When you remove the masking compound you also remove a certain amount of the paint you applied.  Sometimes the underpainting is filled with drama at the reveal stage.  Most of the time you have to go back in with some strategic brushwork to make the painting come alive.  Once the centre of the flowers were painting in it really started to take shape.  

Yellow is an interesting colour to pour.  It behaves differently than expected.  Or maybe if was because it was the layer of paint that I sprayed on?  The luminous quality I was trying to achieve was flat.  Some very quick brushwork brought it back to life.

Helpful hint

I use a rubber cement pick up to remove the mask picture to the side.  Shown in the wrapper, before use and after use.


Sunshine Yellow Azaleas WIP

Sunshine Yellow by Helen Shideler I just finished this poured water-color commission of sunshiny yellow azaleas. I think what I like best about poured paintings is how fast they seem to build. The process keeps you engaged daily - I typically work on them each day for about two weeks. Each stage has to dry completely before you move onto the next. But the progress really builds nicely. There were seven pours with this painting.

WIP Sunshine Yellow by Helen ShidelerOnce completely dry I removed the frisket. I call this the peel reveal. Some artists take their work to this stage and call it done. I personally cannot do this, although I have been tempted a few times with the mussel paintings. Being detail oriented I have to go back in and enhance the work with additional brushwork to increase the overall colours and values and bring up the detail. I like my subject to almost “lift” off the paper. In order to achieve this level of dimension I have to go back in and enhance the pours.

This painting was worked from two very different reference photos that I took last year. One for composition and the other for colours. I found this to be especially tricky with the masking. I had to really pay attention on this one. Much care had to be taken to apply the mask to white areas that are not there in the composition photo.

Some of the stages are illustrated below in the photos. I did not include every mask application or pour as some of the sessions appeared quite subtle in the progress photographs. But this will give you the idea of how the process builds.

I will take this painting in to be scanned and then framed this week. I hope my client loves it!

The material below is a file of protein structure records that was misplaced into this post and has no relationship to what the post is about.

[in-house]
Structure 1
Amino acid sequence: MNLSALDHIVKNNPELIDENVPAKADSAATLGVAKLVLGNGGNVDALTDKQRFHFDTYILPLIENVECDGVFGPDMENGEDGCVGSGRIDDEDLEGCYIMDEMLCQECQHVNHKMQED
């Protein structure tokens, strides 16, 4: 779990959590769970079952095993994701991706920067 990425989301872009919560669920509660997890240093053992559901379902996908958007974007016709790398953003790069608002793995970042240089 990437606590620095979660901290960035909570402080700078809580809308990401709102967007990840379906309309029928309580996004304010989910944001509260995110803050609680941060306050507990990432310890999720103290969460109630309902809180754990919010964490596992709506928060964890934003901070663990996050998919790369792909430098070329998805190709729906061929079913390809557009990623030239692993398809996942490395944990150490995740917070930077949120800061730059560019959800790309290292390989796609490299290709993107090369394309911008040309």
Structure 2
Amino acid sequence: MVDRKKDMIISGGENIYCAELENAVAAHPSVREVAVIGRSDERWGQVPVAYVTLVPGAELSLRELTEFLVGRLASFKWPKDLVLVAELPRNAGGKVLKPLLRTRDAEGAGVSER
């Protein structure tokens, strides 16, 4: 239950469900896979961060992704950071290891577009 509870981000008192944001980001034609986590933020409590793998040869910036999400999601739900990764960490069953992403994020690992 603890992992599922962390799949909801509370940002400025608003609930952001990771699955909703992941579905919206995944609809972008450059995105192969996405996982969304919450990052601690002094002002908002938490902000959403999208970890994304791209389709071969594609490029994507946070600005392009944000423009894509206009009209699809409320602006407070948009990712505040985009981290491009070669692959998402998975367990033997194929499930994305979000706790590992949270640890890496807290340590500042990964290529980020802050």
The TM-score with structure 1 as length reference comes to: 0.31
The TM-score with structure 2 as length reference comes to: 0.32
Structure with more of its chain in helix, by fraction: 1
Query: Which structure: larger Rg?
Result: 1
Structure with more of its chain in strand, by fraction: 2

Do you have any question on this painting process?


Center of Attention

"Center of Attention"  Watercolour on Ampersand Aquabord (14 x 11")

I am now on a mission to complete paintings that I started prior to embarking on the January challenge.  I have two more sunflower paintings in progress in oil - and it is looking like they are already spoken for.  Motivation!!!

Spring is in the air and I am loving the sunny, happy colours.  Well, spring is not really in the air.  This week we had another pounding blizzard.  We have so much snow.  I honestly cannot remember when I have seen so much of the white stuff.  I always used to think fresh snow was so beautiful.  And that storms are inspirational.  Notice the tense?  Used to.  This last storm  had me feeling restless and somewhat frustrated.  But I painted.

Centre of AttentionBack to the colours here.  Previously I painted "Flirting with Sunshine" as a companion painting. Both are custom framed the same in a dark, rich frame.

Flirting With Sunshine by Helen Shideler


Flirting With Sunshine Sunflower painting on Aquabord

Flirting With Sunshine by Helen ShidelerFresh off the easel. This is a watercolour painting of a bright and happy sunflower painted on Aquabord.  I love the transparency and vibrancy you can achieve with this surface, just unsure if if I love it with watercolours - I know I really love it with acrylics.  The problem is with me. My lack of patience for the washes to dry completely in between applications!  This is a key step with this surface. I may need patience pills. (painting is 14" x 11" unframed, will be framed in a floating frame once it's partner below is completed). The resolution on this image is a bit blurry, but you get the idea. I have a companion piece on the go as well.  I am thinking that once this one is complete, I will go back to the traditional watercolour on paper - at least for awhile!WIP Helen Shideler